The midpoint value of secondary eating/drinking is the sum of the minimum and maximum values of secondary eating/drinking divided by two. ERS uses the SAS ROUND function to produce an integer value. Using the SAS INT function (for truncation) may result in a situation where secondary eating/drinking starts before the primary activity's start time.

5) Check the values of ersecmin and ersecmax.

a) Confirm that ersecmin is less than or equal to ersecmax.

b) Verify that erssecmid is greater than or equal to ersecmin and erssecmid is less than or equal to erssecmax.

Total Time Spent in Eating and Drinking Activities

In order to estimate the total time spent in eating and drinking activities on an average day, ERS added the mean time spent on primary eating and drinking, the mean time spent on associated activities (waiting associated with eating/drinking and travel related to eating/drinking), and the midpoint of the minimum and maximum of the total time spent on secondary eating and secondary drinking. See the EH Module Users Guide for a discussion on the detailed activities included in primary eating and drinking and in associated activities.

Average minutes per day, population age 15+:
Total
Men
Women
Primary eating and drinking
66.87
67.80
66.00
Associated activities
7.44
7.73
7.16
Total secondary eating and secondary drinking
52.86
51.94
53.72
Total time
127.17
127.47
126.88
Source: 2006 EH Respondent file, EH Activity file, and ATUS Roster file.

Consideration was given to whether it would be conceptually appropriate to sum primary eating and drinking time with secondary eating and secondary drinking time. One may argue that primary and secondary activities are fundamentally different in intensity and so cannot be combined. In making this decision, the following points were considered:

  • The primary eating and drinking times and the secondary eating and secondary drinking times are all time durations only. Nothing is known about calories consumed nor about intensity of the activities. Research using this data will determine whether or not there are relationships between primary eating/drinking time, secondary eating time, secondary drinking time, and BMI.
  • The focus is on eating and drinking activities and not analysis of all activities over the course of a day.

To analyze the constraints of a 24-hour day, however, only primary activities should be used, as summing primary and secondary activities would result in a day greater than 24 hours. So, the appropriateness of using a total time in eating/drinking activities depends on the application.

Looking at the data, it can be seen that respondents appear to be conscientious in their reporting of secondary eating and drinking times:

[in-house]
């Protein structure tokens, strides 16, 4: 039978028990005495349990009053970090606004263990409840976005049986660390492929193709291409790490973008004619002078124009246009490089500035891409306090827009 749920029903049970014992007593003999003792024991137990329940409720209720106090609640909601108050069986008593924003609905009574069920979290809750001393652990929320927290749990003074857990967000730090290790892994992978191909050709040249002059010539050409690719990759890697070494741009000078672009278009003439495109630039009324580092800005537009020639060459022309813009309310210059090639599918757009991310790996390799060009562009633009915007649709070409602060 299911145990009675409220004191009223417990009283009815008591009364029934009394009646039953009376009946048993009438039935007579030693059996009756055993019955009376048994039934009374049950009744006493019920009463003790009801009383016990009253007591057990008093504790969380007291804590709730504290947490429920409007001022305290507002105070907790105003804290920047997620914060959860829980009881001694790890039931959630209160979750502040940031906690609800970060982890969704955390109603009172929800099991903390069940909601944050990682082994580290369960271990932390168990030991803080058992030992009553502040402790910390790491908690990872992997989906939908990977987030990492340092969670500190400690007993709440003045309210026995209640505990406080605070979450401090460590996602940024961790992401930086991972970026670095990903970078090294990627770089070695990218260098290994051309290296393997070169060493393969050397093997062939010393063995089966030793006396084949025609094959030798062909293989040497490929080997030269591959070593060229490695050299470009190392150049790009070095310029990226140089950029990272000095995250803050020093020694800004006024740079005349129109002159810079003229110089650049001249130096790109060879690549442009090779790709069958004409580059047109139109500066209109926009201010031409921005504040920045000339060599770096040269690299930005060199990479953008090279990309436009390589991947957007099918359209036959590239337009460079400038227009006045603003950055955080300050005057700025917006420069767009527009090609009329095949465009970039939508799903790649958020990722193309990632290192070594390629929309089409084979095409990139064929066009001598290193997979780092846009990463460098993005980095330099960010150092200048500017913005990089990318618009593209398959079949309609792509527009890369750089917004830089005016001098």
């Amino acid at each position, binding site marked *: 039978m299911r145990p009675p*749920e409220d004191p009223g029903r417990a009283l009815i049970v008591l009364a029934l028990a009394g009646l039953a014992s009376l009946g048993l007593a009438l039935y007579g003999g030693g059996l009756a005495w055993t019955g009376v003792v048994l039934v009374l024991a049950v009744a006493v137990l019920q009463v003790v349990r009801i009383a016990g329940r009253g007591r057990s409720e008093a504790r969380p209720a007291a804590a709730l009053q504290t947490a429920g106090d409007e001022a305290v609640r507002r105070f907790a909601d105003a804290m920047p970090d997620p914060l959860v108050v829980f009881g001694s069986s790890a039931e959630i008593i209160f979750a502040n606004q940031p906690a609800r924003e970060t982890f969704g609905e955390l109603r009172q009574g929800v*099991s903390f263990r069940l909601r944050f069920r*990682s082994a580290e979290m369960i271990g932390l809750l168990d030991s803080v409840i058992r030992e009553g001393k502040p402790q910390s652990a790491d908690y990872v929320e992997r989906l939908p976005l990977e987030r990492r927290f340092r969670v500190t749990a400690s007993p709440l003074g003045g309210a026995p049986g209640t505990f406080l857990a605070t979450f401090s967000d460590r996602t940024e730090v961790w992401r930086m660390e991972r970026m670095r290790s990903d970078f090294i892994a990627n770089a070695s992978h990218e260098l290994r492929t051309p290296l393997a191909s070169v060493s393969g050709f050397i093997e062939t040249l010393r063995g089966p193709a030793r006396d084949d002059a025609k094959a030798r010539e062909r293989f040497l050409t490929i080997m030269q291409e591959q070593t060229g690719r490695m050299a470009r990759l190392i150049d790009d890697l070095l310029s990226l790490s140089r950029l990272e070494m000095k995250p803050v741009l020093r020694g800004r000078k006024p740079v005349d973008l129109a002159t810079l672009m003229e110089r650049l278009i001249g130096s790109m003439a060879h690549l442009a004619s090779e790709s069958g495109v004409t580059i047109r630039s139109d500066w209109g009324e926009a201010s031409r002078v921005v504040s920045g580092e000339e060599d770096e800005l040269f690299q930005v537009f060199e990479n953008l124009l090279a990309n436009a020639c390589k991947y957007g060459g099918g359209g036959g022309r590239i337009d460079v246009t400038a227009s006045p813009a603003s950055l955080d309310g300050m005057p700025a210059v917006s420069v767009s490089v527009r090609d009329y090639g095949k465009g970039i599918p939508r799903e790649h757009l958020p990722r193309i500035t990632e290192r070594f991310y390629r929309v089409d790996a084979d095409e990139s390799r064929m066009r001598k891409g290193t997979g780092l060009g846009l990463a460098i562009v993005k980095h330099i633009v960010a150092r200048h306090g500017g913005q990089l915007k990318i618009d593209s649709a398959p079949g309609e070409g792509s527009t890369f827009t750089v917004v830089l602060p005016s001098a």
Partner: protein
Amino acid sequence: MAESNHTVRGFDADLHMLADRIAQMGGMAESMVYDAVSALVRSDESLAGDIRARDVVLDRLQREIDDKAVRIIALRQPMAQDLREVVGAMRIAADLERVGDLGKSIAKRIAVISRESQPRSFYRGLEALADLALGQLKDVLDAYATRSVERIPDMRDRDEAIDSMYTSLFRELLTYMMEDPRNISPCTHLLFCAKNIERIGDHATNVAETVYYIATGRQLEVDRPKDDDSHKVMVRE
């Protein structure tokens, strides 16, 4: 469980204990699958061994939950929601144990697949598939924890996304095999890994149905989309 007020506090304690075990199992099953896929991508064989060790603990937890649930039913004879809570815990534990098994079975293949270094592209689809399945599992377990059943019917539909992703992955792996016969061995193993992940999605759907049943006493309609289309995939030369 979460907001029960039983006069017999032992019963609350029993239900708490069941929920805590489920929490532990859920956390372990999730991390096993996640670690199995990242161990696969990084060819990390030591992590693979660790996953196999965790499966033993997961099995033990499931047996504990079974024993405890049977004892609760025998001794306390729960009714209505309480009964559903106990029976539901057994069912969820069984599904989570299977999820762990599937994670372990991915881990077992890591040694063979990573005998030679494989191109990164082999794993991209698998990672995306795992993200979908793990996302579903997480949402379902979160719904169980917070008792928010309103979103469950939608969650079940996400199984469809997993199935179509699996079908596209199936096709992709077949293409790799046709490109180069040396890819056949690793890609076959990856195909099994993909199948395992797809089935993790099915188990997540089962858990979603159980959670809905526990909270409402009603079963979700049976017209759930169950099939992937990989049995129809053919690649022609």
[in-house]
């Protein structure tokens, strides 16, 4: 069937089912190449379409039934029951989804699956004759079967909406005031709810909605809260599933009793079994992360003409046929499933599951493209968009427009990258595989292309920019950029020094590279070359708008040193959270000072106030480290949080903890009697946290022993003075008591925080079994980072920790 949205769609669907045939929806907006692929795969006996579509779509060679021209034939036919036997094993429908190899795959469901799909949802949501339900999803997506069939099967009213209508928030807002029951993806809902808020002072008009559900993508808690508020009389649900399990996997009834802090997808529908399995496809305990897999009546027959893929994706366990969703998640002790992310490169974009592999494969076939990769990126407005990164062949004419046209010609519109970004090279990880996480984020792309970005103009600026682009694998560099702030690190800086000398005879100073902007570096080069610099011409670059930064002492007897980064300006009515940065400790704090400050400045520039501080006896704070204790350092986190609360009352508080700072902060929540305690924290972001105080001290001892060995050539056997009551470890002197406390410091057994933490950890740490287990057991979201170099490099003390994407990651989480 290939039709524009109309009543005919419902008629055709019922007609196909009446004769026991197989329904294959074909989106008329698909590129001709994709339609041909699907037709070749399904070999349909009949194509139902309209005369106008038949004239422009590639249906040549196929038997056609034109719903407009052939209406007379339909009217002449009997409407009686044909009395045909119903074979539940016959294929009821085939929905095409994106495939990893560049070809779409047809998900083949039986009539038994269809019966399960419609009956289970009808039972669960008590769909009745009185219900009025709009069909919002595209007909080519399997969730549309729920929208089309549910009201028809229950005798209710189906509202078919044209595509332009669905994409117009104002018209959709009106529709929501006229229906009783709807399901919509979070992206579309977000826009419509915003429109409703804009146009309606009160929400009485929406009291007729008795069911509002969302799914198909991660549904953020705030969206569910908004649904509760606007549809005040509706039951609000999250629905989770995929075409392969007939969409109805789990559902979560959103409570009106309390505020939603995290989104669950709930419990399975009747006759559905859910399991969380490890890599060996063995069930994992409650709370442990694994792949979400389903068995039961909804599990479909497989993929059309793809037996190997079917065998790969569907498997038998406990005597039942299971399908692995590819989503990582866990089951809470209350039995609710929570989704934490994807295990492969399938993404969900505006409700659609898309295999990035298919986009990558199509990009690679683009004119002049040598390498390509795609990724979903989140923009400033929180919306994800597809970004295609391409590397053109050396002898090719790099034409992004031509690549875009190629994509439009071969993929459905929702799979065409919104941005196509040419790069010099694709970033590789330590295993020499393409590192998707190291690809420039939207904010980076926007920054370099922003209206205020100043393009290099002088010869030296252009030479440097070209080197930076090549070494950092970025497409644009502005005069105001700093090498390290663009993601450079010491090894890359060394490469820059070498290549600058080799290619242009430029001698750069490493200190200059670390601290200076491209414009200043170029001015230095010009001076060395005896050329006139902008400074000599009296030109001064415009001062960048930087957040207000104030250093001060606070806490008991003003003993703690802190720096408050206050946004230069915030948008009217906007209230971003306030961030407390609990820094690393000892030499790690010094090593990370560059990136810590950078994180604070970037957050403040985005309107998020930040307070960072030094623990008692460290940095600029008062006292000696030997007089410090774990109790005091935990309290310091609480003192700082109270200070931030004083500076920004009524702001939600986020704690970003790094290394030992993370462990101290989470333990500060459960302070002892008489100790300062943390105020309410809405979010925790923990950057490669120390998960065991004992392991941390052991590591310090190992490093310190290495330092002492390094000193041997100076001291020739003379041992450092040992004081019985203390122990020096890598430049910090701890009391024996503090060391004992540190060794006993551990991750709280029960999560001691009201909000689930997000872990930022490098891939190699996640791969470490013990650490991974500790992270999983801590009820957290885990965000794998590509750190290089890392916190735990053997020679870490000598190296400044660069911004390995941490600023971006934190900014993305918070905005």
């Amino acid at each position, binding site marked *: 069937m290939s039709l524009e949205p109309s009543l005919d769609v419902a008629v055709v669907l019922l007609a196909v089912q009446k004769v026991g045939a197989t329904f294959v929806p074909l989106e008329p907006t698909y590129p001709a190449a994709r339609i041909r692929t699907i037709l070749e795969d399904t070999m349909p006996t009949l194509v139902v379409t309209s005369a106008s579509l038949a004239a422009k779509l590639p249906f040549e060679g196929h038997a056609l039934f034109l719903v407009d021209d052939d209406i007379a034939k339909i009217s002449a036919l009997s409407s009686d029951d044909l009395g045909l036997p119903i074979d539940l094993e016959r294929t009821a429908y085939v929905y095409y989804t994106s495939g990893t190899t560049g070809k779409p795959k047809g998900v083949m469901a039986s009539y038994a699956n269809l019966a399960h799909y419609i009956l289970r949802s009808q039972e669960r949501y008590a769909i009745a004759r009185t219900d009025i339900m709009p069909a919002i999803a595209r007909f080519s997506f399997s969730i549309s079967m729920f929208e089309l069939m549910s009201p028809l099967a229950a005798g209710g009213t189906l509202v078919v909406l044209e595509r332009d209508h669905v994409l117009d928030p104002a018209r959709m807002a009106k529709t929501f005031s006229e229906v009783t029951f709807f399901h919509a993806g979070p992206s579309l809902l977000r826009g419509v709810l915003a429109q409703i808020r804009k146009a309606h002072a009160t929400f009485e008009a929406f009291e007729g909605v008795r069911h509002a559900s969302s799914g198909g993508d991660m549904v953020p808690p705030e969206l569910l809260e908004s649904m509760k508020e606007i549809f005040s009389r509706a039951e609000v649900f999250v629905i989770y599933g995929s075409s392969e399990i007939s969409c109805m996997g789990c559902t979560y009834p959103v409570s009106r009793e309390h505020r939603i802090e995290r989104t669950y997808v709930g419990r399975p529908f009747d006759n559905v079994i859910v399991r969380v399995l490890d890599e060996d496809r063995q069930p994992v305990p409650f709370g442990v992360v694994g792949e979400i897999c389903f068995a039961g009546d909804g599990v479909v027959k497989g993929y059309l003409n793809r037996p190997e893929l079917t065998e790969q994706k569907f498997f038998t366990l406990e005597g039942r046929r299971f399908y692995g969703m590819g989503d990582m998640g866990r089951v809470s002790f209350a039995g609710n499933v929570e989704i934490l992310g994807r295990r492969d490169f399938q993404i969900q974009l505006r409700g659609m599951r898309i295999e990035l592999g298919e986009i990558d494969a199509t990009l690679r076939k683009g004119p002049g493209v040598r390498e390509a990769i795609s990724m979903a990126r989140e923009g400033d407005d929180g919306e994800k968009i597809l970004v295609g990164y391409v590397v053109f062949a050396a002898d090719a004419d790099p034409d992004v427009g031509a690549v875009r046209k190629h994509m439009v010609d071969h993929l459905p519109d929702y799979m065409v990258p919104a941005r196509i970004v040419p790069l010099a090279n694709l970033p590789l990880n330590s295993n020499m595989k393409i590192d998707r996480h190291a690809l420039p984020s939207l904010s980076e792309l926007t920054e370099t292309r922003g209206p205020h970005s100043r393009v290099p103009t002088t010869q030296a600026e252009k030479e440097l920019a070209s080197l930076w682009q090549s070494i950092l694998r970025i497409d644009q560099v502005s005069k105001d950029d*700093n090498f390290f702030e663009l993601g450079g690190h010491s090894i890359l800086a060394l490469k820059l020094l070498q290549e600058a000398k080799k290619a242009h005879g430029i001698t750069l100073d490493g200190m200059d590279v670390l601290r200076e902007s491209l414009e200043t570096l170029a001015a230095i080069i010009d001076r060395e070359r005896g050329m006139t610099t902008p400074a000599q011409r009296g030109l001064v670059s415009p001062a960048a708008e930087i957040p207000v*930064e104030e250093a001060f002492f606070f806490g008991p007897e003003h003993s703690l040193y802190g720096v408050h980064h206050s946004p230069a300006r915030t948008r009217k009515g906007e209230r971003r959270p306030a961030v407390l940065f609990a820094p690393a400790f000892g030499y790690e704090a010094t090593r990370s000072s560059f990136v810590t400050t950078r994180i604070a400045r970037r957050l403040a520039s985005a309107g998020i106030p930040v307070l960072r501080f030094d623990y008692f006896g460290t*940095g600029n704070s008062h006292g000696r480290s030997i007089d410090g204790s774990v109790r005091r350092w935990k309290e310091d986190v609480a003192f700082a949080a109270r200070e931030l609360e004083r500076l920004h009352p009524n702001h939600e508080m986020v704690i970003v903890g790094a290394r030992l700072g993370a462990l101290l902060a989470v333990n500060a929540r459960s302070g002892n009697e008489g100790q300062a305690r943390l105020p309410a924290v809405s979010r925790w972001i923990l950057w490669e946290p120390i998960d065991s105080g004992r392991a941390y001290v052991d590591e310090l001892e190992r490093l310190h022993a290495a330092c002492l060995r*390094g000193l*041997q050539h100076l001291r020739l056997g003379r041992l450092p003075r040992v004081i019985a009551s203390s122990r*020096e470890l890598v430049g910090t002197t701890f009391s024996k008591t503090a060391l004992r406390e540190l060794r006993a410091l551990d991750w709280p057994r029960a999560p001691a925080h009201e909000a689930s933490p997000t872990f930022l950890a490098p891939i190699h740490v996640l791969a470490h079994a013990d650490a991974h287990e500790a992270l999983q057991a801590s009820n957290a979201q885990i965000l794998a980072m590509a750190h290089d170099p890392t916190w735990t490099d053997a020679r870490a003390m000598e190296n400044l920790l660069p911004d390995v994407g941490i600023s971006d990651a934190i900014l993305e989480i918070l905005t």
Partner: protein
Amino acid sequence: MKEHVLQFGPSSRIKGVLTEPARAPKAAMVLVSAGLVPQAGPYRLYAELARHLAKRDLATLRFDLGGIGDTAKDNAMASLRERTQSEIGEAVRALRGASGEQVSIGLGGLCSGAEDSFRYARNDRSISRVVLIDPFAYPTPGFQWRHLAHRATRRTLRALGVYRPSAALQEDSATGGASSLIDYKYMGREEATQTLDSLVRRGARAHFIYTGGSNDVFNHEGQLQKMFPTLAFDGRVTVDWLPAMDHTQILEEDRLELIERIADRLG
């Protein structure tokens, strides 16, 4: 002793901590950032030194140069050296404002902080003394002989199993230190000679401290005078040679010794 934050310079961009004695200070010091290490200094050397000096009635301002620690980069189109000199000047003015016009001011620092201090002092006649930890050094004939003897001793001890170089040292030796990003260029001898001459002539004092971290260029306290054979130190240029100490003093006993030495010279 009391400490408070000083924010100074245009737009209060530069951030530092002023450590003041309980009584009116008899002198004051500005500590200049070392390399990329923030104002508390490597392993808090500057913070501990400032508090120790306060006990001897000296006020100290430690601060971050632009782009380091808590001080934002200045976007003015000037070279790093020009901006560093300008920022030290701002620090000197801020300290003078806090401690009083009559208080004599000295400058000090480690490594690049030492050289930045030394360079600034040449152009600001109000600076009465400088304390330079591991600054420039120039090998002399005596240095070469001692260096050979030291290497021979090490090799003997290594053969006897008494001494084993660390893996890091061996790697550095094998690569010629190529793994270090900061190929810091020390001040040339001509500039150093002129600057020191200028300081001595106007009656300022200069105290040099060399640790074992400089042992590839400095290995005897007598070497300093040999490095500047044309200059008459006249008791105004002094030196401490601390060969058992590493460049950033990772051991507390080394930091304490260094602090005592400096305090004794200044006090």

Secondary eating occurrences:

Minutes
Mean time
Mean time, primary activity
Secondary eating as percent of primary time
Respondents 15+ (unweighted)
21.38
146.86
13.54
Population 15+ (weighted)
21.47
153.93
13.46
Source: 2006 ATUS Activity file, EH Respondent file, and EH Activity file.

Secondary drinking occurrences:

Minutes
Mean time
Mean time, primary activity
Secondary drinking as percent of primary time
Respondents 15+ (unweighted)
56.39
121.12
52.22
Population 15+(weighted)
57.34
125.22
52.65
Source: 2006 ATUS Activity file and EH Activity file.

Only 13.5 percent of secondary eating occurrences were reported as being for the entire time of the primary activity. Slightly over half, 52 percent, of secondary drinking occurrences were reported as being for the entire time of the primary activity. In both cases, the mean times of the primary activities are considerably larger than the mean times of secondary eating and secondary drinking.

Certainly, the quickest way out of the questionWere you eating the entire time you were [fill: ACTIVITY]?would be to respond "yes." By just looking at the data it appears that respondents are trying to be accurate and are putting thought into their reported actual time spent on secondary eating and in secondary drinking. And, a response of "yes" for the entire time of primary activity is a valid response. Because the EH Module asks respondents the duration of the secondary activity, no adjustments are made to the secondary eating and secondary drinking time durations.

No survey or data collection effort is perfect, however, the ATUS and the EH Module are obtaining the only nationally representative time use survey containing estimates on primary and secondary eating. For applications analyzing eating patterns, ERS concludes that estimating a total time of secondary eating and drinking and a total time in all eating and drinking is appropriate. These methods have been subjected to outside review, and ERS will continue to review and refine the methodology.

Documentation Table-Time spent in eating and drinking activities and percent of civilian population age 15 and older engaged in each activity, averages per day, 2006 annual averages
 
Average minutes per day, civilian population
(minutes)
Average percentage engaged in activity per day
(percent)
Average minutes per day, for persons who engaged in the activity
(minutes)
Total
Men
Women
Total
Men
Women
Total
Men
Women
Total time in primary eating and drinking
66.87
67.80
66.00
96.13
96.11
96.15
69.56
70.54
68.64
Total time in associated activities
7.44
7.73
7.16
25.98
27.05
24.96
28.64
28.58
28.70
Secondary eating
15.75
16.10
15.42
51.87
47.95
55.56
30.36
33.57
27.76
Secondary drinking
41.75
40.84
42.61
34.16
31.77
36.41
122.23
128.54
117.06
 
Range of total secondary eating plus drinking
Secondary eating and drinking (minimum)
51.99
51.12
52.80
53.30
49.45
56.92
97.54
103.39
92.77
Secondary eating and drinking (maximum)
53.72
52.76
54.62
53.30
49.45
56.92
100.79
106.71
95.96
 
Mid-point of minimum and maximum